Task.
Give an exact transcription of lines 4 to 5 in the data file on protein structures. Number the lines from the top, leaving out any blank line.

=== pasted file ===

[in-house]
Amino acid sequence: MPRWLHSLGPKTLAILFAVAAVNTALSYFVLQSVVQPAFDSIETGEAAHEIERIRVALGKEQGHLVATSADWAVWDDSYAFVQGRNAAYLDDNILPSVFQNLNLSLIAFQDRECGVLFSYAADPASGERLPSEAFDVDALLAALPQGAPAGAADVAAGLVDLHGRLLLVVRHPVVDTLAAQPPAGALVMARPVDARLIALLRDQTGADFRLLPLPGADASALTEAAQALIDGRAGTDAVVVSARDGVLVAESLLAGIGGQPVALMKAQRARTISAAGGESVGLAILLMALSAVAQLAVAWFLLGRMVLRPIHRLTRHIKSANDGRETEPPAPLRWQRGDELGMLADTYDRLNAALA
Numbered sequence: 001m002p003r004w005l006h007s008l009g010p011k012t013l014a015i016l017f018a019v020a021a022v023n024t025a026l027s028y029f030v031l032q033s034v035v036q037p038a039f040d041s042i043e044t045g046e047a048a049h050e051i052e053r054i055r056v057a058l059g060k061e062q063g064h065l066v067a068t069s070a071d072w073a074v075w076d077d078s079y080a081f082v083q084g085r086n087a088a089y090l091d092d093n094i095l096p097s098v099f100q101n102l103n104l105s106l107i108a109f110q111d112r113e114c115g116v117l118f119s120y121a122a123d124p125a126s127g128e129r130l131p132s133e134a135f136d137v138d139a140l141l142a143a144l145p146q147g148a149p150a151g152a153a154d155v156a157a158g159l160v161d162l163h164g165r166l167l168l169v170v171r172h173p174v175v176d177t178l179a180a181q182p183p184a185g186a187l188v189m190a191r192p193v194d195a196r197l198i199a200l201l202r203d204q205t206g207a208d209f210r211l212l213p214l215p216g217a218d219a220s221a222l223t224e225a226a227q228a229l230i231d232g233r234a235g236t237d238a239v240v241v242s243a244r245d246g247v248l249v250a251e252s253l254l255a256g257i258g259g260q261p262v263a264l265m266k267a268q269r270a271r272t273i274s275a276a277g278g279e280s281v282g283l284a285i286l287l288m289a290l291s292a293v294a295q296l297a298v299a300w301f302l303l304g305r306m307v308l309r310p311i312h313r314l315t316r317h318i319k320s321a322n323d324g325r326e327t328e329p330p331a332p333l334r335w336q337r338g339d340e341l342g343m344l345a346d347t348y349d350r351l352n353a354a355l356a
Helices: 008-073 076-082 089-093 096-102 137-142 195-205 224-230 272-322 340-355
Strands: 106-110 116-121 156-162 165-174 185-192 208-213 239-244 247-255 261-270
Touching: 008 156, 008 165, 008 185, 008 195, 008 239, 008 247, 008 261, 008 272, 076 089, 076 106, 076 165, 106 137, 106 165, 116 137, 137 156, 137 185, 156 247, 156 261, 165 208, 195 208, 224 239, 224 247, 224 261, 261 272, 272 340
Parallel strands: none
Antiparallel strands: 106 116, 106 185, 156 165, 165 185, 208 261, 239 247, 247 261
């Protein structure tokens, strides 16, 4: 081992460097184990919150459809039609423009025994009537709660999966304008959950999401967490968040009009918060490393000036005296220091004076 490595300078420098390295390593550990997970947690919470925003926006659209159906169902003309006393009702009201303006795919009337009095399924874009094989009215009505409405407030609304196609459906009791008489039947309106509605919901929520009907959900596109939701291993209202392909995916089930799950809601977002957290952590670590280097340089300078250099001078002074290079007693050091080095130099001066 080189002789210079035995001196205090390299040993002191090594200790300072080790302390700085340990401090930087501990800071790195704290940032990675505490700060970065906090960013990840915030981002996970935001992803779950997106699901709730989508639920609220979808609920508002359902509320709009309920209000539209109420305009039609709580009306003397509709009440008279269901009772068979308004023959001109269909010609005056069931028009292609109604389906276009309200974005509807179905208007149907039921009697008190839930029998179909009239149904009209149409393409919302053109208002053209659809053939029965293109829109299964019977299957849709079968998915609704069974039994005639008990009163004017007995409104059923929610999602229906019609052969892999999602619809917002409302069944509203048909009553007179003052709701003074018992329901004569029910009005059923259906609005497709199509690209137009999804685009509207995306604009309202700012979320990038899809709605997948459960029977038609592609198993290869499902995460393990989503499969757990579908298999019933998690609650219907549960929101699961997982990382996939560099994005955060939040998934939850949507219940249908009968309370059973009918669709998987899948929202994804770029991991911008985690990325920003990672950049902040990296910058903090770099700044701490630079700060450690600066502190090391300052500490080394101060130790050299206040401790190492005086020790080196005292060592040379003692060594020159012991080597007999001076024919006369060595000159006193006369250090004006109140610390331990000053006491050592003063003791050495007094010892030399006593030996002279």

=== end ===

Helices: 008-073 076-082 089-093 096-102 137-142 195-205 224-230 272-322 340-355
Strands: 106-110 116-121 156-162 165-174 185-192 208-213 239-244 247-255 261-270